4“Lord, remind me how brief my time on earth will be.
Remind me that my days are numbered—
how fleeting my life is.
5 You have made my life no longer than the width of my hand.
My entire lifetime is just a moment to you;
at best, each of us is but a breath.”
Just one more day.
That is what I told myself this morning when I climbed out of bed, not really ready to get up to face one more day of summer togetherness. I trudged my way through the dark of the morning, Emery at my heels: hungry and impatient. The thought of getting through one more day of all the Goobies home all day threatened to steal away the last shred of my sanity. In the harried moments of the morning, it seemed like school couldn’t start fast enough. Just one more day until I can catch my breath.
My parents have been here for a week and it’s been fantastic. They brought my grandparents to see our new home and to explore the area a little before heading off to Iowa to take care of some family business. They leave again today. The Goobies don’t want them to go. Neither do I, really. The Goobies seemed more at ease this past week than they have perhaps all summer long. More themselves, as if they had been holding their breath for weeks, not really sure they would ever see these familiar faces again. But they exhaled this week, finally able to relax a little and weren’t so on edge with each other. But today they had to say goodbye again and their tender little hearts were brave, but broken.
They loaded up the car a few hours ago now after squeezing us tight and calling “See you later!” as they waved goodbye with the sort of cheerful smile that convinced me it might actually be true. We watched them drive away and the Goobies asked me they could please stay for just one more day.
And those words brought me back to reality: their visit and summer vacation both end today. For me, this means the fridge won’t get magically stocked with Earth Balance and pork chops while I’m not looking; the kitchen sink will stay piled high with dirty dishes unless you or I (or both of us) roll up our sleeves and actually scrub them; and the laundry won’t fold itself while I’m making dinner in the other room. (Bless all the Grandparents.) Suddenly it is a school night and gracious me I have to think about packing lunches again. But for them, for the Goobies, this means there is just one more day until school starts and the elusive change we have been talking about for weeks is finally, unavoidably, here.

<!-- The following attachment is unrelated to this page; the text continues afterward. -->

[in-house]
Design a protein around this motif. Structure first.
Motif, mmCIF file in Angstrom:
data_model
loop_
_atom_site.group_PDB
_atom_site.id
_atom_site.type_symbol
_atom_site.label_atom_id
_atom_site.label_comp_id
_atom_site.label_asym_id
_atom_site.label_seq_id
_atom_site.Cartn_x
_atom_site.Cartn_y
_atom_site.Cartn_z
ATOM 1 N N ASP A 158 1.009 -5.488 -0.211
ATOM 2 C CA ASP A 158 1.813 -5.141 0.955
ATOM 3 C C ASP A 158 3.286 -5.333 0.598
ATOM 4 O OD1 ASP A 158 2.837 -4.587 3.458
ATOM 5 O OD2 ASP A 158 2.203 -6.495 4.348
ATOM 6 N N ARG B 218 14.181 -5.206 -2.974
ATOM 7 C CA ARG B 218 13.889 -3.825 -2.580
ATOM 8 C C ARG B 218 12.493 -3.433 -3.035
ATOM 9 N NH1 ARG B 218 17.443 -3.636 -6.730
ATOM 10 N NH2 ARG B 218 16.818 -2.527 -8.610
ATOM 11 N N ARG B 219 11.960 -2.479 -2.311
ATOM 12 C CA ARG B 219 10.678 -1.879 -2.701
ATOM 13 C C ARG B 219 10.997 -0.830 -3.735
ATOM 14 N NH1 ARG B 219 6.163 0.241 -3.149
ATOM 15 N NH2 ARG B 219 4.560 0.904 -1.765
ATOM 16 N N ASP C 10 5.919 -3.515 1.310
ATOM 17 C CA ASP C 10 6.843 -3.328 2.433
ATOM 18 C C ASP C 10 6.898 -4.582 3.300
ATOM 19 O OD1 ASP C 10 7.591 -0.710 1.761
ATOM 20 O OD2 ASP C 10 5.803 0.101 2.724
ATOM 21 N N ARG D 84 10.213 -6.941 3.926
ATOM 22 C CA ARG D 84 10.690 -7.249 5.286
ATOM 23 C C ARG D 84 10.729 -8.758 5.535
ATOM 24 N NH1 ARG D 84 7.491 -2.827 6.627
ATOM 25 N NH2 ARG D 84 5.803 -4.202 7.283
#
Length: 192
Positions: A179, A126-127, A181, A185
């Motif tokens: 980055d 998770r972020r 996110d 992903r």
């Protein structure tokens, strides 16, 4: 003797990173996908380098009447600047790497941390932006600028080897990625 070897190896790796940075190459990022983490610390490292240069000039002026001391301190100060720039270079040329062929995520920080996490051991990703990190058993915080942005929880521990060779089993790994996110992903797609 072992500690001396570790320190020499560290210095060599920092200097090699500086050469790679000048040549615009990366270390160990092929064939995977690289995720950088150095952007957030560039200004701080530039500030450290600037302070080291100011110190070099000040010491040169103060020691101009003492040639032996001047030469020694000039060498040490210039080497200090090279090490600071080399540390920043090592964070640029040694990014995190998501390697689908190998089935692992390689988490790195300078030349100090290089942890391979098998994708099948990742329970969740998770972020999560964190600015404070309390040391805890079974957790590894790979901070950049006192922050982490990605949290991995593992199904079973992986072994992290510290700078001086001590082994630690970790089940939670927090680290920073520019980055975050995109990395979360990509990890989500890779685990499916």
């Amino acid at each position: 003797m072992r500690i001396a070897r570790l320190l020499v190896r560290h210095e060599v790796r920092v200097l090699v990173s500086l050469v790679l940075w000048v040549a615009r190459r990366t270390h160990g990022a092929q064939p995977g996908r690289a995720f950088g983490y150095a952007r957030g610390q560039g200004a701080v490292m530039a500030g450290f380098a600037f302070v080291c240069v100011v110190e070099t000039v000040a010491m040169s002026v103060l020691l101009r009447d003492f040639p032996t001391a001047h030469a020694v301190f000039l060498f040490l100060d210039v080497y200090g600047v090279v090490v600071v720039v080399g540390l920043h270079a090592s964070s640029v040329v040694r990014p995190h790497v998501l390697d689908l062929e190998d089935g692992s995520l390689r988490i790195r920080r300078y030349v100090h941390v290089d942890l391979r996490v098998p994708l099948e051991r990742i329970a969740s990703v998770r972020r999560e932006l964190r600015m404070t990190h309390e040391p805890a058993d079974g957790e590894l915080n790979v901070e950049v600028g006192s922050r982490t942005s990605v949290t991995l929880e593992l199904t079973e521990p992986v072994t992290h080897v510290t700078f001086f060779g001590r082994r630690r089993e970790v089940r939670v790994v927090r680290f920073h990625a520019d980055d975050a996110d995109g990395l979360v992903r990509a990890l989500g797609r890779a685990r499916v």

My breath is catching in my throat as I think about the weight of those words: Just one more day is both a promise and a warning. Hang on, there’s only one more day to endure the aggravation of too much togetherness. And also, Make the most of this moment, because there’s just one more day until it all changes again. Just one more day until the rigors of school supersede laid back summer days, as cooped up and crazy as they became. Just one more day until packing lunches and completing homework and enforcing bedtime make the evenings fly by. Just one more day until fighting over outfits and untangling unkempt hair and forcing breakfast into a tummy that doesn’t want to eat, followed by the frenzied dash toward the door and a too-quick kiss goodbye as they topple out of the car. Just one more day to be slow, to lay low, to just be. When tomorrow comes, I will breathe deeply and exhale slowly, thankful that we made it to the finish line. When today is gone, my heart will hurt and tears will fall, I will face the first day of school wishing for just one more day. I wonder how the Goobies will feel?
I carried Mia up the stairs this afternoon; it was quiet reading time and she seemed a little off. She wrapped her arms around my neck and I memorized the way it felt to hold her like that.
“I’m going to miss you tomorrow,” I said.
“I’m going to miss you too.”
Isn’t that always the way? We have complained our way through the summer, frustrated with all the togetherness that has made us so sick of each other, but suddenly I want to beg plead and bargain for just one more day with them all here at home with me. I want to finally slow down enough to plop on the floor with Addie and build Legos all afternoon. I want to sit in the shade of the garage and watch them ride bikes until they are red in the face. I want to listen to them squeal with shocked delight as they run through the sprinklers in the heat of the day, and let them lick Popsicles at lunchtime because it’s just too hot to eat. I want to snuggle up with Mia while Emery sleeps in the haze of a lazy afternoon and listen to her read Matilda to me as I fight to stay awake. I want to go swimming at twilight and and pile scoop upon scoop of homemade ice cream high up on a sugar cone, lapping up the frozen treat in the thick evening air right along with them.